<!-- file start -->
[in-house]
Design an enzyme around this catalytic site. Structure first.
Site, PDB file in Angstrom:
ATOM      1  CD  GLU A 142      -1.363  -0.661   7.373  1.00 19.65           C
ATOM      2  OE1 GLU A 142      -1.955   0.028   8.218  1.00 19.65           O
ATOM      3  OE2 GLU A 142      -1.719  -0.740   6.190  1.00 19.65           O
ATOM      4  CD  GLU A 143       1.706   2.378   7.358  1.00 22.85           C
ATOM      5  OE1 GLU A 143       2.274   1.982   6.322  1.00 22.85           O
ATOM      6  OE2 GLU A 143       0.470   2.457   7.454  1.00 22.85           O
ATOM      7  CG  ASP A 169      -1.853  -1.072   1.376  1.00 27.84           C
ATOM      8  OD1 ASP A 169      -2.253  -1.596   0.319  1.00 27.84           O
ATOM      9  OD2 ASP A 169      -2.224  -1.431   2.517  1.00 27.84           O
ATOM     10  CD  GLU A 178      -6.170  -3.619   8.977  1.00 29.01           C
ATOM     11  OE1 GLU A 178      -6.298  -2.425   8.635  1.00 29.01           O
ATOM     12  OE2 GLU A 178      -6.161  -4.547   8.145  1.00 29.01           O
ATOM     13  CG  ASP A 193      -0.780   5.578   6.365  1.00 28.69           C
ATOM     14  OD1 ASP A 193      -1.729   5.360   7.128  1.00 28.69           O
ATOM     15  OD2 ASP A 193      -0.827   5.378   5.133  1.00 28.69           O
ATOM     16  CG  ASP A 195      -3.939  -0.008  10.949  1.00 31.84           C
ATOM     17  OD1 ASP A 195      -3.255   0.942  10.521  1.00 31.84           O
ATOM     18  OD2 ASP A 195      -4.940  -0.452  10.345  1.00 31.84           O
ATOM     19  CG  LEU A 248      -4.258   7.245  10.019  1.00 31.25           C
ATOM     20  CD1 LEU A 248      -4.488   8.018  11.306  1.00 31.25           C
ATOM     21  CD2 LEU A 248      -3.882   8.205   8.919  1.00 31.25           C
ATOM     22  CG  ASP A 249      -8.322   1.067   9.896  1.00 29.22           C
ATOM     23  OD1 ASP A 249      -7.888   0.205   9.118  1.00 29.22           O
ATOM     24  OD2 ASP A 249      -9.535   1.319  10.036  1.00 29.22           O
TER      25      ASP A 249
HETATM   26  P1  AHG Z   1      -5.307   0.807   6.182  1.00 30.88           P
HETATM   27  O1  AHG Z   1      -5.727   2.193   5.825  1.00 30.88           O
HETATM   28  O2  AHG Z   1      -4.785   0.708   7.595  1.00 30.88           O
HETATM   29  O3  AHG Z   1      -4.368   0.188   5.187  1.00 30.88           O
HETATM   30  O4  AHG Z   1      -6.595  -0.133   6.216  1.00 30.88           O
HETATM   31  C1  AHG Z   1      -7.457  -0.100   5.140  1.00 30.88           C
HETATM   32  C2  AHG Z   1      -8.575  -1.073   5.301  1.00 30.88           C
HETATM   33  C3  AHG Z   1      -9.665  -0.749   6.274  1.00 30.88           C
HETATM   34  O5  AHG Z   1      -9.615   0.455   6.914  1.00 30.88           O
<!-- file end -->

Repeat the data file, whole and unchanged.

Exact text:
[in-house]
Design an enzyme around this catalytic site. Structure first.
Site, PDB file in Angstrom:
ATOM      1  CD  GLU A 142      -1.363  -0.661   7.373  1.00 19.65           C
ATOM      2  OE1 GLU A 142      -1.955   0.028   8.218  1.00 19.65           O
ATOM      3  OE2 GLU A 142      -1.719  -0.740   6.190  1.00 19.65           O
ATOM      4  CD  GLU A 143       1.706   2.378   7.358  1.00 22.85           C
ATOM      5  OE1 GLU A 143       2.274   1.982   6.322  1.00 22.85           O
ATOM      6  OE2 GLU A 143       0.470   2.457   7.454  1.00 22.85           O
ATOM      7  CG  ASP A 169      -1.853  -1.072   1.376  1.00 27.84           C
ATOM      8  OD1 ASP A 169      -2.253  -1.596   0.319  1.00 27.84           O
ATOM      9  OD2 ASP A 169      -2.224  -1.431   2.517  1.00 27.84           O
ATOM     10  CD  GLU A 178      -6.170  -3.619   8.977  1.00 29.01           C
ATOM     11  OE1 GLU A 178      -6.298  -2.425   8.635  1.00 29.01           O
ATOM     12  OE2 GLU A 178      -6.161  -4.547   8.145  1.00 29.01           O
ATOM     13  CG  ASP A 193      -0.780   5.578   6.365  1.00 28.69           C
ATOM     14  OD1 ASP A 193      -1.729   5.360   7.128  1.00 28.69           O
ATOM     15  OD2 ASP A 193      -0.827   5.378   5.133  1.00 28.69           O
ATOM     16  CG  ASP A 195      -3.939  -0.008  10.949  1.00 31.84           C
ATOM     17  OD1 ASP A 195      -3.255   0.942  10.521  1.00 31.84           O
ATOM     18  OD2 ASP A 195      -4.940  -0.452  10.345  1.00 31.84           O
ATOM     19  CG  LEU A 248      -4.258   7.245  10.019  1.00 31.25           C
ATOM     20  CD1 LEU A 248      -4.488   8.018  11.306  1.00 31.25           C
ATOM     21  CD2 LEU A 248      -3.882   8.205   8.919  1.00 31.25           C
ATOM     22  CG  ASP A 249      -8.322   1.067   9.896  1.00 29.22           C
ATOM     23  OD1 ASP A 249      -7.888   0.205   9.118  1.00 29.22           O
ATOM     24  OD2 ASP A 249      -9.535   1.319  10.036  1.00 29.22           O
TER      25      ASP A 249
HETATM   26  P1  AHG Z   1      -5.307   0.807   6.182  1.00 30.88           P
HETATM   27  O1  AHG Z   1      -5.727   2.193   5.825  1.00 30.88           O
HETATM   28  O2  AHG Z   1      -4.785   0.708   7.595  1.00 30.88           O
HETATM   29  O3  AHG Z   1      -4.368   0.188   5.187  1.00 30.88           O
HETATM   30  O4  AHG Z   1      -6.595  -0.133   6.216  1.00 30.88           O
HETATM   31  C1  AHG Z   1      -7.457  -0.100   5.140  1.00 30.88           C
HETATM   32  C2  AHG Z   1      -8.575  -1.073   5.301  1.00 30.88           C
HETATM   33  C3  AHG Z   1      -9.665  -0.749   6.274  1.00 30.88           C
HETATM   34  O5  AHG Z   1      -9.615   0.455   6.914  1.00 30.88           O